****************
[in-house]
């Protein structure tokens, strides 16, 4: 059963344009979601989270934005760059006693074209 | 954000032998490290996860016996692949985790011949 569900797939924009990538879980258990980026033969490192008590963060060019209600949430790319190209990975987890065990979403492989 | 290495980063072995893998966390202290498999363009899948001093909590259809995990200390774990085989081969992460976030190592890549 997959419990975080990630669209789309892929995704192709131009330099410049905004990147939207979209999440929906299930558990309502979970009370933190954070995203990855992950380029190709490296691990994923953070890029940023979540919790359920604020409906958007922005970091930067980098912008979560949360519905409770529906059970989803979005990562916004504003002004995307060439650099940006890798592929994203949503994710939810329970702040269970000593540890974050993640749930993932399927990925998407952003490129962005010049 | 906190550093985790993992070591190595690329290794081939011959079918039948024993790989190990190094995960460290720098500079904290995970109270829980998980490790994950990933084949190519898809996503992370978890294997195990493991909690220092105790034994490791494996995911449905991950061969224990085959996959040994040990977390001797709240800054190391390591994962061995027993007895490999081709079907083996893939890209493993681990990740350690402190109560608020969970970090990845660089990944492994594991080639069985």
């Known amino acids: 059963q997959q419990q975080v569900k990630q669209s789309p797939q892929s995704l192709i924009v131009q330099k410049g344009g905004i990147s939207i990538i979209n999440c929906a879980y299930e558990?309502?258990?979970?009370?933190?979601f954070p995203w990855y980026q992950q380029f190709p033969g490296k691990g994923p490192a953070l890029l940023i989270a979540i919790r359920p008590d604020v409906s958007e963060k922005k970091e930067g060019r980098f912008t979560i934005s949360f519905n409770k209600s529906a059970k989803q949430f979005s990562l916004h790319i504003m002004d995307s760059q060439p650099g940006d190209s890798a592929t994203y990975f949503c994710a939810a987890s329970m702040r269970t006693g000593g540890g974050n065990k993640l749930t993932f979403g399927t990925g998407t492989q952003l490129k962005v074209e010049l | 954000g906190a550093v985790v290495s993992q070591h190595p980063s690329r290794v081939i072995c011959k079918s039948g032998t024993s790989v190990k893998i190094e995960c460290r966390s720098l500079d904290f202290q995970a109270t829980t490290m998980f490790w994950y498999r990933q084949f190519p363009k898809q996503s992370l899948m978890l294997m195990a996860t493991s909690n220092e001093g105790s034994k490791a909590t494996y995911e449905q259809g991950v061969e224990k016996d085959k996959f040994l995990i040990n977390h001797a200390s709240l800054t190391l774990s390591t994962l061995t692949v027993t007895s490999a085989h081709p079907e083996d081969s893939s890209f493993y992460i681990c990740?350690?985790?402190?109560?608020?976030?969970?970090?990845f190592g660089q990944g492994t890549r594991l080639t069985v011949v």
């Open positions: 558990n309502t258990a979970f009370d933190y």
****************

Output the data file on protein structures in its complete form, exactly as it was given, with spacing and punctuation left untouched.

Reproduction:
[in-house]
């Protein structure tokens, strides 16, 4: 059963344009979601989270934005760059006693074209 | 954000032998490290996860016996692949985790011949 569900797939924009990538879980258990980026033969490192008590963060060019209600949430790319190209990975987890065990979403492989 | 290495980063072995893998966390202290498999363009899948001093909590259809995990200390774990085989081969992460976030190592890549 997959419990975080990630669209789309892929995704192709131009330099410049905004990147939207979209999440929906299930558990309502979970009370933190954070995203990855992950380029190709490296691990994923953070890029940023979540919790359920604020409906958007922005970091930067980098912008979560949360519905409770529906059970989803979005990562916004504003002004995307060439650099940006890798592929994203949503994710939810329970702040269970000593540890974050993640749930993932399927990925998407952003490129962005010049 | 906190550093985790993992070591190595690329290794081939011959079918039948024993790989190990190094995960460290720098500079904290995970109270829980998980490790994950990933084949190519898809996503992370978890294997195990493991909690220092105790034994490791494996995911449905991950061969224990085959996959040994040990977390001797709240800054190391390591994962061995027993007895490999081709079907083996893939890209493993681990990740350690402190109560608020969970970090990845660089990944492994594991080639069985």
């Known amino acids: 059963q997959q419990q975080v569900k990630q669209s789309p797939q892929s995704l192709i924009v131009q330099k410049g344009g905004i990147s939207i990538i979209n999440c929906a879980y299930e558990?309502?258990?979970?009370?933190?979601f954070p995203w990855y980026q992950q380029f190709p033969g490296k691990g994923p490192a953070l890029l940023i989270a979540i919790r359920p008590d604020v409906s958007e963060k922005k970091e930067g060019r980098f912008t979560i934005s949360f519905n409770k209600s529906a059970k989803q949430f979005s990562l916004h790319i504003m002004d995307s760059q060439p650099g940006d190209s890798a592929t994203y990975f949503c994710a939810a987890s329970m702040r269970t006693g000593g540890g974050n065990k993640l749930t993932f979403g399927t990925g998407t492989q952003l490129k962005v074209e010049l | 954000g906190a550093v985790v290495s993992q070591h190595p980063s690329r290794v081939i072995c011959k079918s039948g032998t024993s790989v190990k893998i190094e995960c460290r966390s720098l500079d904290f202290q995970a109270t829980t490290m998980f490790w994950y498999r990933q084949f190519p363009k898809q996503s992370l899948m978890l294997m195990a996860t493991s909690n220092e001093g105790s034994k490791a909590t494996y995911e449905q259809g991950v061969e224990k016996d085959k996959f040994l995990i040990n977390h001797a200390s709240l800054t190391l774990s390591t994962l061995t692949v027993t007895s490999a085989h081709p079907e083996d081969s893939s890209f493993y992460i681990c990740?350690?985790?402190?109560?608020?976030?969970?970090?990845f190592g660089q990944g492994t890549r594991l080639t069985v011949v």
């Open positions: 558990n309502t258990a979970f009370d933190y």